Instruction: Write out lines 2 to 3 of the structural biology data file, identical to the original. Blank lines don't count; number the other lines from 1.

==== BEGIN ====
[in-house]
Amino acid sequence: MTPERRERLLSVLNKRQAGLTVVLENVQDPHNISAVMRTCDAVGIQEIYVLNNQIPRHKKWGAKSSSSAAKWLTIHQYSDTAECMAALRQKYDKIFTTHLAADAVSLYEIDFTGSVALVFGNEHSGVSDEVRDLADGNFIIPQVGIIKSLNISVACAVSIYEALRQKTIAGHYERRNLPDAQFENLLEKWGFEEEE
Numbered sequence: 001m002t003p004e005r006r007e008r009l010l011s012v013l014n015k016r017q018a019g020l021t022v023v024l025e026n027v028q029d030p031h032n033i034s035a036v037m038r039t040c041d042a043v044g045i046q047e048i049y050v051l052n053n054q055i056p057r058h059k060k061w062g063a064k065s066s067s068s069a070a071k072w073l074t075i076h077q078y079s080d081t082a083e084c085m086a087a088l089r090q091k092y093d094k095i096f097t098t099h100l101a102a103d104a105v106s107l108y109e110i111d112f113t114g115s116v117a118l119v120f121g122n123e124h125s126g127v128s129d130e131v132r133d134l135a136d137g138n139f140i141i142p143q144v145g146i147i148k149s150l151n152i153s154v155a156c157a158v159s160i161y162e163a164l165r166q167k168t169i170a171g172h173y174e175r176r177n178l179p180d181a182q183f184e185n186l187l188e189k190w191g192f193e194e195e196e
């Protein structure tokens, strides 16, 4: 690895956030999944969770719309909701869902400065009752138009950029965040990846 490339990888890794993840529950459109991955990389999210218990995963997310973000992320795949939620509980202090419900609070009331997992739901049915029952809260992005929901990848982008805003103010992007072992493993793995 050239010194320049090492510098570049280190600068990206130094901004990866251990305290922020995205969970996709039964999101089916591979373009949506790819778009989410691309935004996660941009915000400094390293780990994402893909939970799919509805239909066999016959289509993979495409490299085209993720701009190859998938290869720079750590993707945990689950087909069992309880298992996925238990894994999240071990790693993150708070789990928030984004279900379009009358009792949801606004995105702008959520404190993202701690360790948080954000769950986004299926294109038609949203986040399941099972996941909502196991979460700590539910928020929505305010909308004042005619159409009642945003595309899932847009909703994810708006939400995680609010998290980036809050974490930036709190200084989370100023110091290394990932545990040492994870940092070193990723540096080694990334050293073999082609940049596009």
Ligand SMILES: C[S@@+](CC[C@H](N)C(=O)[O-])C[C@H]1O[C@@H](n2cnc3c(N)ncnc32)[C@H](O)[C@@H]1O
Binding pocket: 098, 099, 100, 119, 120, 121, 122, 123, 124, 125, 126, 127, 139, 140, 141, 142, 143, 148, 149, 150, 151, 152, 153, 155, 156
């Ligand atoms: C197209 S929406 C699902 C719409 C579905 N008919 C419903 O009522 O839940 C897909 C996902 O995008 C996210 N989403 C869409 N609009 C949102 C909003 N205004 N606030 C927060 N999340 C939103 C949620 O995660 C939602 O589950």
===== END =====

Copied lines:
Amino acid sequence: MTPERRERLLSVLNKRQAGLTVVLENVQDPHNISAVMRTCDAVGIQEIYVLNNQIPRHKKWGAKSSSSAAKWLTIHQYSDTAECMAALRQKYDKIFTTHLAADAVSLYEIDFTGSVALVFGNEHSGVSDEVRDLADGNFIIPQVGIIKSLNISVACAVSIYEALRQKTIAGHYERRNLPDAQFENLLEKWGFEEEE
Numbered sequence: 001m002t003p004e005r006r007e008r009l010l011s012v013l014n015k016r017q018a019g020l021t022v023v024l025e026n027v028q029d030p031h032n033i034s035a036v037m038r039t040c041d042a043v044g045i046q047e048i049y050v051l052n053n054q055i056p057r058h059k060k061w062g063a064k065s066s067s068s069a070a071k072w073l074t075i076h077q078y079s080d081t082a083e084c085m086a087a088l089r090q091k092y093d094k095i096f097t098t099h100l101a102a103d104a105v106s107l108y109e110i111d112f113t114g115s116v117a118l119v120f121g122n123e124h125s126g127v128s129d130e131v132r133d134l135a136d137g138n139f140i141i142p143q144v145g146i147i148k149s150l151n152i153s154v155a156c157a158v159s160i161y162e163a164l165r166q167k168t169i170a171g172h173y174e175r176r177n178l179p180d181a182q183f184e185n186l187l188e189k190w191g192f193e194e195e196e